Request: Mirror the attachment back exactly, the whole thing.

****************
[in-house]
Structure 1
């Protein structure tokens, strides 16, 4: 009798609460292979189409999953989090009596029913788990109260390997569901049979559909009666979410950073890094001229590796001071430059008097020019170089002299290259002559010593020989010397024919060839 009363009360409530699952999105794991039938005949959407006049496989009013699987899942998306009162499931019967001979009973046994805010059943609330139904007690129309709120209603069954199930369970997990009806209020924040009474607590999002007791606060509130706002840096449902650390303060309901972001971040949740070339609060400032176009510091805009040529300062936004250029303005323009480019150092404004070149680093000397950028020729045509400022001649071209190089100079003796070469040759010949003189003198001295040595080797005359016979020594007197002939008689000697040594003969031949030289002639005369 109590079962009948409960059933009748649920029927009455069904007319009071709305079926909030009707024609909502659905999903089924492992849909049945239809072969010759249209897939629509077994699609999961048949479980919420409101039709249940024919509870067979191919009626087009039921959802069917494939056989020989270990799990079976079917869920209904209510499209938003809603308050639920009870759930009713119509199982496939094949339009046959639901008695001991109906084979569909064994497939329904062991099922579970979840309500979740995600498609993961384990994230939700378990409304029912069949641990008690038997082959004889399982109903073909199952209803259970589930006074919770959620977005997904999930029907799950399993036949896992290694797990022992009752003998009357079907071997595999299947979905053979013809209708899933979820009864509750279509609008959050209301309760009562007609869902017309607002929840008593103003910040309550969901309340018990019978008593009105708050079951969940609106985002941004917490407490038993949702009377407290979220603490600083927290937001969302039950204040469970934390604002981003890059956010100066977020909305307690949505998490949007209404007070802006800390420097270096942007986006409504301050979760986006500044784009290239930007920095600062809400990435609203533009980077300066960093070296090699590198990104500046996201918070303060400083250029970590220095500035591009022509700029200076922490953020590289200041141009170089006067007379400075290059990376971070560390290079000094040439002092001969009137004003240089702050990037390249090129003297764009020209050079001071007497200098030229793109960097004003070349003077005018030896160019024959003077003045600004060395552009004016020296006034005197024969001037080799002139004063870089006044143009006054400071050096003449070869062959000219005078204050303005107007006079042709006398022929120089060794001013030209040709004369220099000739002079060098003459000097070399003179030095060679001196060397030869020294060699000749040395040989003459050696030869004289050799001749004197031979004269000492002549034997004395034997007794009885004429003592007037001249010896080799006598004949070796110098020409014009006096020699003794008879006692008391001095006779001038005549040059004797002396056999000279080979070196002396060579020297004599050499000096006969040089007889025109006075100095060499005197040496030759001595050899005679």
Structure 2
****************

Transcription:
[in-house]
Structure 1
């Protein structure tokens, strides 16, 4: 009798609460292979189409999953989090009596029913788990109260390997569901049979559909009666979410950073890094001229590796001071430059008097020019170089002299290259002559010593020989010397024919060839 009363009360409530699952999105794991039938005949959407006049496989009013699987899942998306009162499931019967001979009973046994805010059943609330139904007690129309709120209603069954199930369970997990009806209020924040009474607590999002007791606060509130706002840096449902650390303060309901972001971040949740070339609060400032176009510091805009040529300062936004250029303005323009480019150092404004070149680093000397950028020729045509400022001649071209190089100079003796070469040759010949003189003198001295040595080797005359016979020594007197002939008689000697040594003969031949030289002639005369 109590079962009948409960059933009748649920029927009455069904007319009071709305079926909030009707024609909502659905999903089924492992849909049945239809072969010759249209897939629509077994699609999961048949479980919420409101039709249940024919509870067979191919009626087009039921959802069917494939056989020989270990799990079976079917869920209904209510499209938003809603308050639920009870759930009713119509199982496939094949339009046959639901008695001991109906084979569909064994497939329904062991099922579970979840309500979740995600498609993961384990994230939700378990409304029912069949641990008690038997082959004889399982109903073909199952209803259970589930006074919770959620977005997904999930029907799950399993036949896992290694797990022992009752003998009357079907071997595999299947979905053979013809209708899933979820009864509750279509609008959050209301309760009562007609869902017309607002929840008593103003910040309550969901309340018990019978008593009105708050079951969940609106985002941004917490407490038993949702009377407290979220603490600083927290937001969302039950204040469970934390604002981003890059956010100066977020909305307690949505998490949007209404007070802006800390420097270096942007986006409504301050979760986006500044784009290239930007920095600062809400990435609203533009980077300066960093070296090699590198990104500046996201918070303060400083250029970590220095500035591009022509700029200076922490953020590289200041141009170089006067007379400075290059990376971070560390290079000094040439002092001969009137004003240089702050990037390249090129003297764009020209050079001071007497200098030229793109960097004003070349003077005018030896160019024959003077003045600004060395552009004016020296006034005197024969001037080799002139004063870089006044143009006054400071050096003449070869062959000219005078204050303005107007006079042709006398022929120089060794001013030209040709004369220099000739002079060098003459000097070399003179030095060679001196060397030869020294060699000749040395040989003459050696030869004289050799001749004197031979004269000492002549034997004395034997007794009885004429003592007037001249010896080799006598004949070796110098020409014009006096020699003794008879006692008391001095006779001038005549040059004797002396056999000279080979070196002396060579020297004599050499000096006969040089007889025109006075100095060499005197040496030759001595050899005679």
Structure 2